No, this is not a test. Just a quick note on couple of small observations which might be of interest to some.
Been playing now with Zoom H1 for a while and it has immediately become de facto recorder for my work. For obvious reasons: extremely light weight and extremely simple to use. Amazing sound quality with the built in microphones. I typically do video with dual audio system and sync it with Plural Eyes in FCP and this little toy is perfect for that job. Very good value for the money (it costs around 100€).
It does not however make its big brother obsolete. No; H4n is still my choice of recorder if I want more channels, XLR inputs, phantom, etc… I have not been that happy with the pre-amps of the H4n as compared to e.g. Maranz PMD 660 (bulky, but still my favorite), but I get by by switching on the compressor (comp 2) when I need it… Most of the time, however, that is not an issue.
There is one major difference between the two recorders – at least to me it is a major one. That is the way Auto Recording Levels behave. H1 goes the traditional way: when the sound is quiet, the levels go up and with the increasing amplitude, the levels go down. I really do not like that – and with H1 I adjust the levels manually.
However, the H4n is brilliant in this respect: it measures the sound levels and drops down the recording level accordingly. If the volume increases, it drops the rec level more. However, it does not adjust it to other direction, i.e. the levels do not go up and down, up and down… No, it drops it to accurate level – and keeps it there. And that is very handy, if you work fast and have no time to control for levels – or you have to hand the recorder to a journalist who can barely push the REC-button – and adjusting sound levels would be a totally impossible and intimidating experience.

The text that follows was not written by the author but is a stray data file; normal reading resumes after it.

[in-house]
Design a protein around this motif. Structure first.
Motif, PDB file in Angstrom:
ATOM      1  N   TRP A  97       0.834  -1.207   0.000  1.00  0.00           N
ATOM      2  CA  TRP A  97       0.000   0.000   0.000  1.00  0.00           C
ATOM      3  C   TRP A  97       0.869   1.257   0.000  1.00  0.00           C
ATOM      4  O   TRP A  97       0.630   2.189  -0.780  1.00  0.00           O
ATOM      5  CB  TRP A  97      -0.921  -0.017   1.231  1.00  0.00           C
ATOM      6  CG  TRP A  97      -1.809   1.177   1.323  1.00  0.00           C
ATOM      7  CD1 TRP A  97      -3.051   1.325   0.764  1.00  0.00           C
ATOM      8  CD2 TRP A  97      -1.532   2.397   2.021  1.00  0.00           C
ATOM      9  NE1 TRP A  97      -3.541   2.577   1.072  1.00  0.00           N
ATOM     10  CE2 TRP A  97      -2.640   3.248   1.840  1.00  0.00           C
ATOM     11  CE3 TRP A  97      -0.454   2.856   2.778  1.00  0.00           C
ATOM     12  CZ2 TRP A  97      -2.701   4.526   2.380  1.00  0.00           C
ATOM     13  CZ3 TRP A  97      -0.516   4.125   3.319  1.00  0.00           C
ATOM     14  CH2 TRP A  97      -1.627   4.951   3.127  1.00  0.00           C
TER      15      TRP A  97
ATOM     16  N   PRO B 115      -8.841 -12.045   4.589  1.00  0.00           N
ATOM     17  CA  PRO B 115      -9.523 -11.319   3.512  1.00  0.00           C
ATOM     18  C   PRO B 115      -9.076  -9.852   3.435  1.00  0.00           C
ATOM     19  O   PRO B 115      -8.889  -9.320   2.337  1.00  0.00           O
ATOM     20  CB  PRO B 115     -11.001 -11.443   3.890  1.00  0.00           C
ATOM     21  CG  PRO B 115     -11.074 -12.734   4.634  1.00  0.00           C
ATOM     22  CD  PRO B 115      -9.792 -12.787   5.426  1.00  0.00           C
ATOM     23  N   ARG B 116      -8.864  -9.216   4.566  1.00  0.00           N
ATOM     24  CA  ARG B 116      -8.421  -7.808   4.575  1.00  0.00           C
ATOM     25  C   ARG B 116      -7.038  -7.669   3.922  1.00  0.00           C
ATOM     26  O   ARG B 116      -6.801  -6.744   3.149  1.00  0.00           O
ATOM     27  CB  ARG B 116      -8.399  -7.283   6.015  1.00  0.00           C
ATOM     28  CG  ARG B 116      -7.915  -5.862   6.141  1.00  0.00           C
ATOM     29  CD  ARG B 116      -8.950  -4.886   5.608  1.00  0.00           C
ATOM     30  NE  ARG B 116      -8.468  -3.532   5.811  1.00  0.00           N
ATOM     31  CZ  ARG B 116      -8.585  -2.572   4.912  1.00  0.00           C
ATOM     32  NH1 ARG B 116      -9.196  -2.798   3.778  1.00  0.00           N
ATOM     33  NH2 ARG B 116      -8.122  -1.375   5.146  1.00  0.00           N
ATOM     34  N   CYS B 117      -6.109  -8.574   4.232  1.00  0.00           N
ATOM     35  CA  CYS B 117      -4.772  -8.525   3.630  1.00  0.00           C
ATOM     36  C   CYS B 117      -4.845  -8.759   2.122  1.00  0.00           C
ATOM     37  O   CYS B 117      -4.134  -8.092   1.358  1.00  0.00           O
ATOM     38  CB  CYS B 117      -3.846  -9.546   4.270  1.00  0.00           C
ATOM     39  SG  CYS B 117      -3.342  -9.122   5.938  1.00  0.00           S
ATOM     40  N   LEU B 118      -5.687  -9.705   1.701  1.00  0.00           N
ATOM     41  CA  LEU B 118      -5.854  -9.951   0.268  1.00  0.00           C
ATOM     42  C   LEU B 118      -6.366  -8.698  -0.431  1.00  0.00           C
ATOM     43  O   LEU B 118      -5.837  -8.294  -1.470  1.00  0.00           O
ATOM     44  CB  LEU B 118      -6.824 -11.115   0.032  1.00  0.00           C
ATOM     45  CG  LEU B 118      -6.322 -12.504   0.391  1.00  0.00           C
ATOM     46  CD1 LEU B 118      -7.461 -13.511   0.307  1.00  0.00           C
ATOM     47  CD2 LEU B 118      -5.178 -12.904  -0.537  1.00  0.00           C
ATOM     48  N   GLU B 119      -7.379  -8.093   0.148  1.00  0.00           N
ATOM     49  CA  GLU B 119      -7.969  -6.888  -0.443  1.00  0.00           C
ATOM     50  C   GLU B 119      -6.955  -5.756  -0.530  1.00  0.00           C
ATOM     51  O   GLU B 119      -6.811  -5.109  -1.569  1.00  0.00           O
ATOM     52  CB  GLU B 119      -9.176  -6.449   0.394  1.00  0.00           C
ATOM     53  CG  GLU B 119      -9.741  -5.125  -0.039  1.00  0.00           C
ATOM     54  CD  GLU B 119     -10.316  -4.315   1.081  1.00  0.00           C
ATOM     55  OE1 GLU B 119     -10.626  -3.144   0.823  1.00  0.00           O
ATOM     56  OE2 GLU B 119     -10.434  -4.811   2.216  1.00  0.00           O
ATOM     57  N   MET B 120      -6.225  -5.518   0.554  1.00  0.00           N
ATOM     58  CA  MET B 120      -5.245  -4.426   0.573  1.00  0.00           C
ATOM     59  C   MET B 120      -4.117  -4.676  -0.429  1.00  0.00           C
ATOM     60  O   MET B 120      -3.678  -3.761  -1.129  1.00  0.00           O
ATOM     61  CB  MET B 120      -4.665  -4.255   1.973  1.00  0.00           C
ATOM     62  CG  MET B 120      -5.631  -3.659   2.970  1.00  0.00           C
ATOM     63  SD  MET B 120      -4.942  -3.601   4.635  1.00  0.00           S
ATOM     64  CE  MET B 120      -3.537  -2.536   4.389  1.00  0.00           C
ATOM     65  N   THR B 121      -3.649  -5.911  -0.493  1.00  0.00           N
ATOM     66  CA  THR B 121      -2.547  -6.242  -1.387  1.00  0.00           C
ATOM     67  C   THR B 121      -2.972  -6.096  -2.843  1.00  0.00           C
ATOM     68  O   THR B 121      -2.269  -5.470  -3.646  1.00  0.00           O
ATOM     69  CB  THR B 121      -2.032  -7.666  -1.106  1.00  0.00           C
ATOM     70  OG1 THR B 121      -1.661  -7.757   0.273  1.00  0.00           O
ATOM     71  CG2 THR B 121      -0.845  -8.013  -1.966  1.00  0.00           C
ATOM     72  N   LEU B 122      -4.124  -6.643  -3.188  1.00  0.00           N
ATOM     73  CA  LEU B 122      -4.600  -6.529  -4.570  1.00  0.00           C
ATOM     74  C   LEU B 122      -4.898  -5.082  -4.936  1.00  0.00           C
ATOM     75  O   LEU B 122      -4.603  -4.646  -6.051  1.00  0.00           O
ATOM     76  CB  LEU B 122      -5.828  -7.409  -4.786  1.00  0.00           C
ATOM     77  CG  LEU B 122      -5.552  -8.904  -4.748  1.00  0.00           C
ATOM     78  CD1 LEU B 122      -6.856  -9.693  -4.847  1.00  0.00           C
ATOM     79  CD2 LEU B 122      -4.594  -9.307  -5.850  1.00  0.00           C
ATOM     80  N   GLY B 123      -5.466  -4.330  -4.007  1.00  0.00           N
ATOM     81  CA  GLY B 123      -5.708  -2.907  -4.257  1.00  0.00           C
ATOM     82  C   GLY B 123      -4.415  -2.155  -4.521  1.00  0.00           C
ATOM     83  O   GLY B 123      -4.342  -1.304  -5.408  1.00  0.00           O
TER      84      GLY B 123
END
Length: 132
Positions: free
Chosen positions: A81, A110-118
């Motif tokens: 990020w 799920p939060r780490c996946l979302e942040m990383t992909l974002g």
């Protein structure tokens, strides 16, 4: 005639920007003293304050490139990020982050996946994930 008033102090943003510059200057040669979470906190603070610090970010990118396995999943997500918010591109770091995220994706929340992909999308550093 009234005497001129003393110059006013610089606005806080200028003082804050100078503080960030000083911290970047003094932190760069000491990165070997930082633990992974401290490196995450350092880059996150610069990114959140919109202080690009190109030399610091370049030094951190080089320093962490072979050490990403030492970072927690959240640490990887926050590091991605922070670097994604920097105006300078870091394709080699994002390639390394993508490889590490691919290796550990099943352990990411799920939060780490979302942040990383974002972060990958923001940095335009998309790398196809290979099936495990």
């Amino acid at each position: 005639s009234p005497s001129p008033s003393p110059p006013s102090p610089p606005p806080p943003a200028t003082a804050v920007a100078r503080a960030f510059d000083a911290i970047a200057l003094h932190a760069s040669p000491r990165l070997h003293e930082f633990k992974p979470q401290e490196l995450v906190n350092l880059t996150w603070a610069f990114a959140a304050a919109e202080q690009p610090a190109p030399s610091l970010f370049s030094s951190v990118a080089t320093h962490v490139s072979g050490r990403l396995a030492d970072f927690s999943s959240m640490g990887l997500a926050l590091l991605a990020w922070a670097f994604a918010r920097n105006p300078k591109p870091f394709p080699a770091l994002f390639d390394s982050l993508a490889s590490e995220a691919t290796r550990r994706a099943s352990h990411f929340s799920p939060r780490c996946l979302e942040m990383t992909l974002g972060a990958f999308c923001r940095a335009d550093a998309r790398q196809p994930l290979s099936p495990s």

But: H4n weights about four times as much as H1, it’s one-third of the size… so if I take a recorder with me “just in case”, my choice is H1.
In case you have not noticed, Zoom did bring out a firmware update for H4n some time ago. Now you can control the levels of the two XLRs individually – a very important update. Now you can e.g. have two lavaliers attached and adjust levels separately – and if you switch to the mixer mode, you can record ambient as well. Very sweet… as that was one of the major drawbacks of H4n.
And talking of updates: Singular Software just released a public beta on Plural Eyes for Mac as a standalone application. So that’s really good news if you wanted the program, but did your editing in something else than Final Cut Pro.
And actually, on the subject of updates: maybe I could mention two others, although they have nothing to do with audio: Shuttersnitch is having an update within couple of days – and according to Rob Galbraith – it adds some interesting features. And last – but not least: Photoshelter introduced the new wall option into its galleries. IMHO, it totally rocks; see eg. my webpage – or should I call it PhotoWall – in PS.
And the best part with the PhotoWall: it is iPad compatible – no flash. Very sweet indeed.